The Achimota Eco-Park concept provides a great opportunity for eco-tourism and environmentally-friendly, money-churning venture worthy of enacting. This pursuit, however, requires that the Achimota Forest is transform from its current subsistence state. As the Chief Executive of the Forestry Commission, Mr. Samuel Afari Dartey reasons: “We should change the outlook of the Achimota Forest from its current status into a world-class eco-tourism enclave, from a traditional forest reserve into an ecological impact, tapping experiences from other countries, such as Kenya, Namibia and South Africa.”

In point of fact, the Achimota project is well-aligned and in rhythm with the fundamental mandate of the Forestry Commission (FC), which enjoins it to manage and develop the forest and wildlife resources and oversee and regulate the timber industry in Ghana. The Ministry of Lands and Natural Resources is patently lucid on its commitment to the success of the Project. “It is a very laudable idea and fits into government development plans. It is going to create lot of jobs, enhance revenue generation and most importantly, it is going to help protect the land under reservation at Achimota. The government will do everything possible to support this project to succeed,” the Sector Minister, Honourable Alhaji Collins Dauda has pledged.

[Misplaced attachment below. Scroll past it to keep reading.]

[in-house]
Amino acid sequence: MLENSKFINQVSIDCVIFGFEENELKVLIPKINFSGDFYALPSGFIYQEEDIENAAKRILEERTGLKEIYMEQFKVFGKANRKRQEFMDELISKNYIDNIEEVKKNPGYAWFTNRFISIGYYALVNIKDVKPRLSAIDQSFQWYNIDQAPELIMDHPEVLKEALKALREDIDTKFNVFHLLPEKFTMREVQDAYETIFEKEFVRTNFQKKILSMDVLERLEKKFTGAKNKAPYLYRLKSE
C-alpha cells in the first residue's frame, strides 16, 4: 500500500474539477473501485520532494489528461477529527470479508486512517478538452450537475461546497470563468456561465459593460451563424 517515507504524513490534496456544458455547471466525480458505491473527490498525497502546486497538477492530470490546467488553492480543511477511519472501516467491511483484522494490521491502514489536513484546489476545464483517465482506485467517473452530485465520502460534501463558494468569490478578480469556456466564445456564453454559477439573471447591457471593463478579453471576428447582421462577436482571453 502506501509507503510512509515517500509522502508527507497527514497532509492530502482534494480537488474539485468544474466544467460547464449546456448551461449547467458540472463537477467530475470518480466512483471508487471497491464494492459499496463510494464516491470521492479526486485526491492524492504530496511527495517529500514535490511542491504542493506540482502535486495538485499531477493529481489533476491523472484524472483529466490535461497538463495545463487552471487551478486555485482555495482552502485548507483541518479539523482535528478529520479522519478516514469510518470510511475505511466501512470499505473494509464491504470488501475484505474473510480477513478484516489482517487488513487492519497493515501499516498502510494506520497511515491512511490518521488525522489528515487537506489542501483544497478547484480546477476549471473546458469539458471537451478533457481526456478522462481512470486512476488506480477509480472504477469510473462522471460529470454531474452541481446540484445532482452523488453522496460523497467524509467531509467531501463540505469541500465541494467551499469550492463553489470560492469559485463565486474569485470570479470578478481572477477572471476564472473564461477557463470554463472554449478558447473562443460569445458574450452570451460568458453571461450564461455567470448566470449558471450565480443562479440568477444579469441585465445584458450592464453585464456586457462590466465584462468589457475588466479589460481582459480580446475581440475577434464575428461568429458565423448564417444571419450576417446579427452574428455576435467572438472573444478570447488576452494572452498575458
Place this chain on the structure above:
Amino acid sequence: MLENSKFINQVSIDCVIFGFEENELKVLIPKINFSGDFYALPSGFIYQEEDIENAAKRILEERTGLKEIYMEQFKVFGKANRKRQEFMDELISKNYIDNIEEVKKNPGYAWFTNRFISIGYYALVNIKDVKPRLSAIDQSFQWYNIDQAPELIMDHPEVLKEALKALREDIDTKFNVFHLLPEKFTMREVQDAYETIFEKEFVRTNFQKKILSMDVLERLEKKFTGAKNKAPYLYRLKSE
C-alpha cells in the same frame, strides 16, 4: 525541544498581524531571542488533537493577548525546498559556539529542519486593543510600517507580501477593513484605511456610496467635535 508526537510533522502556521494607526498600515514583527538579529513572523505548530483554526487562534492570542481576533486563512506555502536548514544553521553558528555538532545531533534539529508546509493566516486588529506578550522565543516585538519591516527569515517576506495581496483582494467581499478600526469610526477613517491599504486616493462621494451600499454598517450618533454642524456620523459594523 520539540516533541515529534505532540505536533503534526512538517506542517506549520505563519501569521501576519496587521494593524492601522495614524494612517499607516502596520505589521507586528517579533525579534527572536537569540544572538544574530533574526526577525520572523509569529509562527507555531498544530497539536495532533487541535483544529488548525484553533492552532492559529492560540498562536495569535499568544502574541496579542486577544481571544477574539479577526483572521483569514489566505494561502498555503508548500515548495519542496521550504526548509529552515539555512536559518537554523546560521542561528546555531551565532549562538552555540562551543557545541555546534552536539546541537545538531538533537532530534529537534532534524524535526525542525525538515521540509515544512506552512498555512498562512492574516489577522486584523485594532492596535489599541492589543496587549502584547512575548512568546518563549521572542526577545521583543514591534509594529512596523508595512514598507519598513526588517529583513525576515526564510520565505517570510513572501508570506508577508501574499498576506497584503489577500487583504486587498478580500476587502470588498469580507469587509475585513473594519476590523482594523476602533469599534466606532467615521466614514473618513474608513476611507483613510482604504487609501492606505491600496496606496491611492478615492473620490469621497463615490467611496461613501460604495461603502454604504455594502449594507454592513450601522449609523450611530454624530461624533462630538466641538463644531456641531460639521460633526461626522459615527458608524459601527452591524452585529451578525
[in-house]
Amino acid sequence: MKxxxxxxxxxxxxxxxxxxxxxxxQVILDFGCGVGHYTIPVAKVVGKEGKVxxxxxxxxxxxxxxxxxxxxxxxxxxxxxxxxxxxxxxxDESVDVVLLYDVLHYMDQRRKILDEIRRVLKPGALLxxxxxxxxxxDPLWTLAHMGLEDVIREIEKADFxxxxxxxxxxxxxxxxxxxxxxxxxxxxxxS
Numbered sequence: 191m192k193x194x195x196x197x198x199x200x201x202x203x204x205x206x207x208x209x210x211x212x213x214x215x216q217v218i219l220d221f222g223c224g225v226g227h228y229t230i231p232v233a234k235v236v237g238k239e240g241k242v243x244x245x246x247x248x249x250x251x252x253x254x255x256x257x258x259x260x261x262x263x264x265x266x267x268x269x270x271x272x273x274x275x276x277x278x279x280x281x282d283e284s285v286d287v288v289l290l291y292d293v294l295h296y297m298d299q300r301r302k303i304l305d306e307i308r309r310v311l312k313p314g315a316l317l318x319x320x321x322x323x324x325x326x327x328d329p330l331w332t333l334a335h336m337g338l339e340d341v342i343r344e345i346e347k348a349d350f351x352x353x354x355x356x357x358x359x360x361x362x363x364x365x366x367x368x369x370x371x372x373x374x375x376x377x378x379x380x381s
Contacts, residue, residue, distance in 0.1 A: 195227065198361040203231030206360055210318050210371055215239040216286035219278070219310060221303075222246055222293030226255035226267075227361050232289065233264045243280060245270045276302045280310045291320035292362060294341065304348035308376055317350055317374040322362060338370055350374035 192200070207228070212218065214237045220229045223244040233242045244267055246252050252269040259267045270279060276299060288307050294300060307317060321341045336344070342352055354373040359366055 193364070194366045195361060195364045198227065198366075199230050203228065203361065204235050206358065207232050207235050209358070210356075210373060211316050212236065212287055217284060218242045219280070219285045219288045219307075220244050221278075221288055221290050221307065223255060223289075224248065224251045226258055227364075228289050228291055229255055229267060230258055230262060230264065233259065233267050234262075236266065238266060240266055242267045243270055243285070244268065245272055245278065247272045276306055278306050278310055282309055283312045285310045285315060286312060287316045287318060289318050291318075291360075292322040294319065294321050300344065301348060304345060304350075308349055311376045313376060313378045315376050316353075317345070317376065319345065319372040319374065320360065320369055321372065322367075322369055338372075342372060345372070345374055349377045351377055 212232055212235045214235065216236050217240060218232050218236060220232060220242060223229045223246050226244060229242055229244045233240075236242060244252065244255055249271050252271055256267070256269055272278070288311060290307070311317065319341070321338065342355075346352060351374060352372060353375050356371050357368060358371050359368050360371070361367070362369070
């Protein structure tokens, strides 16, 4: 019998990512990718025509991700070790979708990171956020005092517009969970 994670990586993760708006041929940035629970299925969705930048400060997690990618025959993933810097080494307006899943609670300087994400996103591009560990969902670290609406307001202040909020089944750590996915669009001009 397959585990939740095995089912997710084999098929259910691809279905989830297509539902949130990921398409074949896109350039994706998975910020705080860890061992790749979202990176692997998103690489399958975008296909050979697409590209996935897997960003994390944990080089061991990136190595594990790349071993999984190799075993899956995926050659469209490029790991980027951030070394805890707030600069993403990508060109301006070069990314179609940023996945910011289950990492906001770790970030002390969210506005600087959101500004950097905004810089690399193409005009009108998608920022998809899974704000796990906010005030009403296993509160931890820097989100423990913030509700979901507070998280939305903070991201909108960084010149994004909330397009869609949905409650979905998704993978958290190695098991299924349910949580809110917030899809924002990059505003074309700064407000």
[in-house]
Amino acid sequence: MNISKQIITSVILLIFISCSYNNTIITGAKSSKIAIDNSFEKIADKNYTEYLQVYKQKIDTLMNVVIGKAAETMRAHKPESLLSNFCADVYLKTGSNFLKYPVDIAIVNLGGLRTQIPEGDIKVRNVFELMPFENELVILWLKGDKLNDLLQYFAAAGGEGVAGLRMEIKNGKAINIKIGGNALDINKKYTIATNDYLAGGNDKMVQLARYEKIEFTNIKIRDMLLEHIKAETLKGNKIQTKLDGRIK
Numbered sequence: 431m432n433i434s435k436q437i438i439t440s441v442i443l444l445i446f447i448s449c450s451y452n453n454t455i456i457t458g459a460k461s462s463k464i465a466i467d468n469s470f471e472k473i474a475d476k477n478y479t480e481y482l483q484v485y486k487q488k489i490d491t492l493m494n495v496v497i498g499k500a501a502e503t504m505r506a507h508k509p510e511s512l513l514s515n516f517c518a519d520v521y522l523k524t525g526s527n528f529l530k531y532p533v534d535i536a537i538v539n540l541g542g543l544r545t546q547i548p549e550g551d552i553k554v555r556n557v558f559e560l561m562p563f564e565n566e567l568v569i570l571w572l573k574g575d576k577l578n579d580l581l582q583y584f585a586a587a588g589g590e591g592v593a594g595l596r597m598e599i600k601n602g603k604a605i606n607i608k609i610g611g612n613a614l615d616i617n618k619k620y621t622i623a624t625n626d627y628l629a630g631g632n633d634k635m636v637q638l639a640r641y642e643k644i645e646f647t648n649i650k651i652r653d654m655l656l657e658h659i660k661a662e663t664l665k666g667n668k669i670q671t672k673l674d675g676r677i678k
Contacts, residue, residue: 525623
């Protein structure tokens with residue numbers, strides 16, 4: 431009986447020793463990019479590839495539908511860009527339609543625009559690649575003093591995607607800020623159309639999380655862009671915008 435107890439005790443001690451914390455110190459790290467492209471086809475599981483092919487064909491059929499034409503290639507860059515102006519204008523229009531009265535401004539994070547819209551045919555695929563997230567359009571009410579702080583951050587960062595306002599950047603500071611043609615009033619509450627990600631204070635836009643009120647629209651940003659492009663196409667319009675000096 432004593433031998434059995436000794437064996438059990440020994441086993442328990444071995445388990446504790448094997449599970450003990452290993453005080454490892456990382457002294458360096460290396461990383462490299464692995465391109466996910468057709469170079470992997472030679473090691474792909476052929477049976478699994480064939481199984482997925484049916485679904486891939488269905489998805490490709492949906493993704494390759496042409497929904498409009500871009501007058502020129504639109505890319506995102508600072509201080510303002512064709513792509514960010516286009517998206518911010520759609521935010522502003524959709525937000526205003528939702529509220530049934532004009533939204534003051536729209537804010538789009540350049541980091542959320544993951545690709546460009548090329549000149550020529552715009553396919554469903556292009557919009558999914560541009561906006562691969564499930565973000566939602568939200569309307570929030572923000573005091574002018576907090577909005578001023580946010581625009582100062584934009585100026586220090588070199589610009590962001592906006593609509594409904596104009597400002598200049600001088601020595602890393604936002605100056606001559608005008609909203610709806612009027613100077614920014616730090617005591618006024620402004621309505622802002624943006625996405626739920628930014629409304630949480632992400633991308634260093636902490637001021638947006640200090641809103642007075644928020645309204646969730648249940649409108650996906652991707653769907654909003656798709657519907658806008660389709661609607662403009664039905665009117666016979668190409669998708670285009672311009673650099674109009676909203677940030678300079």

Of course, success is not wished into existence, though. Therefore, the (FC) has designed policies and strategies, which will leverage opportunities in the prosecution of the project. For example, the FC conceptualizes an innovative design, which will compensate for the smaller size of the Achimota Eco-Park, relative to the Nairobi National Park, and still ensure full visitor-patronage, particularly from the local front. The Acting Chief Executive of the FC is clear on this: “The success of every tourism project depends, largely, on local patronage and here, we wish and hope that Ghanaians will patronize the Achimota National Park project, the way foreigner will do.”